As part of the measures to reduce the cost of governance, the Lagos State House of Assembly has slashed the pension payable to former governors, deputies, and other affected officials by 50 percent.
The lawmakers also removed in the state law the provision of houses in Abuja and Lagos for former governors as stipulated in an earlier law operated by the state.
Aside from that, the lawmakers further agreed that the number of vehicles given to former governors and their deputies should be prone down to reduce the expenses incurred by the state government on the ex-public officeholders.
The lawmakers made the approval on Thursday while deliberating on an executive bill presented before the House by Lagos State Governor, Babajide Sanwo-Olu, to repeal the public officeholder (payment of pension law 2007).
Sanwo-Olu said that the move was his administration’s punitive measures to cut governance costs and operate a less cumbersome and bureaucratic government.
The Speaker of the House, Mudashiru Obasa, who chaired deliberations on the bill, recommended that former governors should get two vehicles (a car and a van) instead of three as recommended by the committee.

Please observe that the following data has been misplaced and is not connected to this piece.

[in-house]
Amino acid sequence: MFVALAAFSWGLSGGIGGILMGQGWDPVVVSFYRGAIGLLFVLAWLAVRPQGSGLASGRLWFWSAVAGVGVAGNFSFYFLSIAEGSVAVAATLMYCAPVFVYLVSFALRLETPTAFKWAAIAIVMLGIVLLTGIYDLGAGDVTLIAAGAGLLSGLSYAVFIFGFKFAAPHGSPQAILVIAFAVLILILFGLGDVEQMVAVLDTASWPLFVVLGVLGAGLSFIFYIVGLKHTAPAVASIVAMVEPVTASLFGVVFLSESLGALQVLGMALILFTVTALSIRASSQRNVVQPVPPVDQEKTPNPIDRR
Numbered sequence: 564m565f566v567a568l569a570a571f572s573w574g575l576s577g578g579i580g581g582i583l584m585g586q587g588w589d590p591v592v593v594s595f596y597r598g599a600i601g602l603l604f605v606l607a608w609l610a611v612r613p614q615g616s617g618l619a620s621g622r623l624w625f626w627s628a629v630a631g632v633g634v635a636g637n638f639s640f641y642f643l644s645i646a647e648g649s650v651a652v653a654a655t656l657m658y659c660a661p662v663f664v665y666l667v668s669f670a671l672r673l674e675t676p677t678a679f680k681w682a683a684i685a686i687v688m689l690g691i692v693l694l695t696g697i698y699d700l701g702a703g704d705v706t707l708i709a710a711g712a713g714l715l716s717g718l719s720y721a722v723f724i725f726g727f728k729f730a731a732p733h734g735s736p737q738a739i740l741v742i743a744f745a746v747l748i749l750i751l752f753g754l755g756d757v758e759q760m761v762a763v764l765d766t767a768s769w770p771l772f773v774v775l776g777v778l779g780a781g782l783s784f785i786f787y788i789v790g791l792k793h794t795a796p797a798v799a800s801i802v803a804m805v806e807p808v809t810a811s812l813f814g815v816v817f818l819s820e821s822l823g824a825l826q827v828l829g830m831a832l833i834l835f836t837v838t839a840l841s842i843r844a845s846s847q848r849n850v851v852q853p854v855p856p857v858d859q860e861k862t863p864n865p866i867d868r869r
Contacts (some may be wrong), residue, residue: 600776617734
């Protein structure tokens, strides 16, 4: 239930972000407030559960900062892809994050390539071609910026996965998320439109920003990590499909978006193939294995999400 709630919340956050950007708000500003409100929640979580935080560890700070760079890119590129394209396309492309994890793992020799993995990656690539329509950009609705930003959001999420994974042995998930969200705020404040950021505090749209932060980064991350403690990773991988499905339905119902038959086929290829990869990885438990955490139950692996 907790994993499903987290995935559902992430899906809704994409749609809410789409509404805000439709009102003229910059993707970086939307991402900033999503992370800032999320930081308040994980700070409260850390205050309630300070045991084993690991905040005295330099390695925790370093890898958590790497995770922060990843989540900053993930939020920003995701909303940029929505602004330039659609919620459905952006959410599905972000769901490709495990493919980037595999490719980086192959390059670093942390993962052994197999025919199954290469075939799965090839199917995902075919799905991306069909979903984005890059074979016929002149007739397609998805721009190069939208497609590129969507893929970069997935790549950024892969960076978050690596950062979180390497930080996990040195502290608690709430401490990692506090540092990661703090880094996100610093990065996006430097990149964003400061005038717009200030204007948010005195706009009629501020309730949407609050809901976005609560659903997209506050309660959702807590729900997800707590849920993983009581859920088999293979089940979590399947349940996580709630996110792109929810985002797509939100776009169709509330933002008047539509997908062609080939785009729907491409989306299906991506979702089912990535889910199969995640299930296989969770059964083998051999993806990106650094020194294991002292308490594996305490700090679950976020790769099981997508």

Obasa also suggested that the amended bill should provide that the cars be changed every four years instead of the three years recommended by the report submitted by the committee.
While some of the lawmakers, at plenary, had suggested for an upward review of the pension for the affected public office holders by 75 percent, others urged that the pension remain as stipulated in the old law.
However, Obasa argued that it should be left at 50 percent, especially as the report had recommended the removal of houses and reduced other benefits that were previously given to them.
“By virtue of my office, I have seen former Speakers who we just had to intervene in their lives because of the situations they found themselves in outside public office. We have also seen former governors in a very bad situation,” he added.
Obasa noted that the argument of his colleagues that the projected downward review of the pension for the former governors and others could also be affected by inflation and other economic considerations.
The speaker, meanwhile, reminded his colleagues that the House must meet the wishes of the people one of which was a cut in the cost of governance going forward.
“There is no argument, we must realise that this is democracy and it is all about the people. We are here because of the people. When we represent people, it is good for us to listen to them as well.
“We must realise that we would always go back to the people for support. So when we hearken to their agitations and reduce what existed, it shows that we listen,” Obasa told his colleagues adding that his suggestion for further reduction of the number of cars was because “as you age, your needs continue to decrease.”
Earlier some of the lawmakers had supported the report of the committee saying it would have a positive impact on the internally generated revenue of the state.